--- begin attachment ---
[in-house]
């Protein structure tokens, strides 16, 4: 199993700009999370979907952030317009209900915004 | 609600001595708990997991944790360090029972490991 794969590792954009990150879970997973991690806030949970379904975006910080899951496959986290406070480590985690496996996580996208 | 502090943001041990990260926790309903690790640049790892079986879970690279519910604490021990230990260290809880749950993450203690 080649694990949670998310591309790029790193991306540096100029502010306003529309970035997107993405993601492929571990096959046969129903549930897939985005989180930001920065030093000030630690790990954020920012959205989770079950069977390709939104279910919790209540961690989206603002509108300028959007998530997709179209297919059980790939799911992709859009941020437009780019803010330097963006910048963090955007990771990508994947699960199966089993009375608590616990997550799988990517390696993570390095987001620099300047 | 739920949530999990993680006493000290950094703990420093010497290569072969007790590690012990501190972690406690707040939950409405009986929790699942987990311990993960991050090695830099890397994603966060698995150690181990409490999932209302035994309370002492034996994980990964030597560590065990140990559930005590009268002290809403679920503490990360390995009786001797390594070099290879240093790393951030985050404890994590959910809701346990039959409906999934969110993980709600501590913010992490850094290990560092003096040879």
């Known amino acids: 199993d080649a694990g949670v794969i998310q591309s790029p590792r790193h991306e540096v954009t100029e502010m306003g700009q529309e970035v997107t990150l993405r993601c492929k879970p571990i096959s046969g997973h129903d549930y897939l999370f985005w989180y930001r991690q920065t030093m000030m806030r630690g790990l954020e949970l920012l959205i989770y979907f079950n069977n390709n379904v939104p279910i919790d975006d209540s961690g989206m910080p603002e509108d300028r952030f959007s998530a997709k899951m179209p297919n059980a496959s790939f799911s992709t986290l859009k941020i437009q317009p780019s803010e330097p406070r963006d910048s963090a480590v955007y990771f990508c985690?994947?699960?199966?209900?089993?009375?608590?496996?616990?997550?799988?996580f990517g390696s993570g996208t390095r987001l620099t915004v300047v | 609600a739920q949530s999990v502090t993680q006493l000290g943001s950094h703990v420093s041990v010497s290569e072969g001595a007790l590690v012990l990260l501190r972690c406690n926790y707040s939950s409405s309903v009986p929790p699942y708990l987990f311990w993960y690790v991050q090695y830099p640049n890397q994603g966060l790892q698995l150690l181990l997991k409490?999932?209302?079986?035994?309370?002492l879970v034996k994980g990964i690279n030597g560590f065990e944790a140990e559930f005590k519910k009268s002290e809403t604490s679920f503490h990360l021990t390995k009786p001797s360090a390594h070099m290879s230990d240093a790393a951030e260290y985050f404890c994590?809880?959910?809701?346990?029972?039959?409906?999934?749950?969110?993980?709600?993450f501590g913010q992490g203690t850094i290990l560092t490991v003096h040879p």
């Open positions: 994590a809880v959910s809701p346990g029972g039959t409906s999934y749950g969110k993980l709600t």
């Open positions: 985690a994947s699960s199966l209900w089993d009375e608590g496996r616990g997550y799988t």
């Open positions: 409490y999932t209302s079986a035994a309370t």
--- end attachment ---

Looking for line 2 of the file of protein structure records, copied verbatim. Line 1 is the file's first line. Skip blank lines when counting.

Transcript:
């Protein structure tokens, strides 16, 4: 199993700009999370979907952030317009209900915004 | 609600001595708990997991944790360090029972490991 794969590792954009990150879970997973991690806030949970379904975006910080899951496959986290406070480590985690496996996580996208 | 502090943001041990990260926790309903690790640049790892079986879970690279519910604490021990230990260290809880749950993450203690 080649694990949670998310591309790029790193991306540096100029502010306003529309970035997107993405993601492929571990096959046969129903549930897939985005989180930001920065030093000030630690790990954020920012959205989770079950069977390709939104279910919790209540961690989206603002509108300028959007998530997709179209297919059980790939799911992709859009941020437009780019803010330097963006910048963090955007990771990508994947699960199966089993009375608590616990997550799988990517390696993570390095987001620099300047 | 739920949530999990993680006493000290950094703990420093010497290569072969007790590690012990501190972690406690707040939950409405009986929790699942987990311990993960991050090695830099890397994603966060698995150690181990409490999932209302035994309370002492034996994980990964030597560590065990140990559930005590009268002290809403679920503490990360390995009786001797390594070099290879240093790393951030985050404890994590959910809701346990039959409906999934969110993980709600501590913010992490850094290990560092003096040879």